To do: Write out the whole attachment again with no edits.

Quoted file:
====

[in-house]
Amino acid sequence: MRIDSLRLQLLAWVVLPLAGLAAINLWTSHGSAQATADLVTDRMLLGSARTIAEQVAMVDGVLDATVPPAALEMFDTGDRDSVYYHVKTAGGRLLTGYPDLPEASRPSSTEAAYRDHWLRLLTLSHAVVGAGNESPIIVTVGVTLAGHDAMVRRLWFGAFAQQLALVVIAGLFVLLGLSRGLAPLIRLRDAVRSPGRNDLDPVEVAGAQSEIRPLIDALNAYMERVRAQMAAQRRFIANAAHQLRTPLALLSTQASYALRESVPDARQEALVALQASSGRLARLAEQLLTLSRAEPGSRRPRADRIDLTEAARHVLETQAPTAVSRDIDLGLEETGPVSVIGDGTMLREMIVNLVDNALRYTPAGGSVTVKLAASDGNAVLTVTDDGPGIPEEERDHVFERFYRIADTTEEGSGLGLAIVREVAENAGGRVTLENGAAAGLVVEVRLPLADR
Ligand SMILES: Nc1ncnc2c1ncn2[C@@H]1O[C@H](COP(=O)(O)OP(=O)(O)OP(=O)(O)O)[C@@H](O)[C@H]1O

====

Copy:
[in-house]
Amino acid sequence: MRIDSLRLQLLAWVVLPLAGLAAINLWTSHGSAQATADLVTDRMLLGSARTIAEQVAMVDGVLDATVPPAALEMFDTGDRDSVYYHVKTAGGRLLTGYPDLPEASRPSSTEAAYRDHWLRLLTLSHAVVGAGNESPIIVTVGVTLAGHDAMVRRLWFGAFAQQLALVVIAGLFVLLGLSRGLAPLIRLRDAVRSPGRNDLDPVEVAGAQSEIRPLIDALNAYMERVRAQMAAQRRFIANAAHQLRTPLALLSTQASYALRESVPDARQEALVALQASSGRLARLAEQLLTLSRAEPGSRRPRADRIDLTEAARHVLETQAPTAVSRDIDLGLEETGPVSVIGDGTMLREMIVNLVDNALRYTPAGGSVTVKLAASDGNAVLTVTDDGPGIPEEERDHVFERFYRIADTTEEGSGLGLAIVREVAENAGGRVTLENGAAAGLVVEVRLPLADR
Ligand SMILES: Nc1ncnc2c1ncn2[C@@H]1O[C@H](COP(=O)(O)OP(=O)(O)OP(=O)(O)O)[C@@H](O)[C@H]1O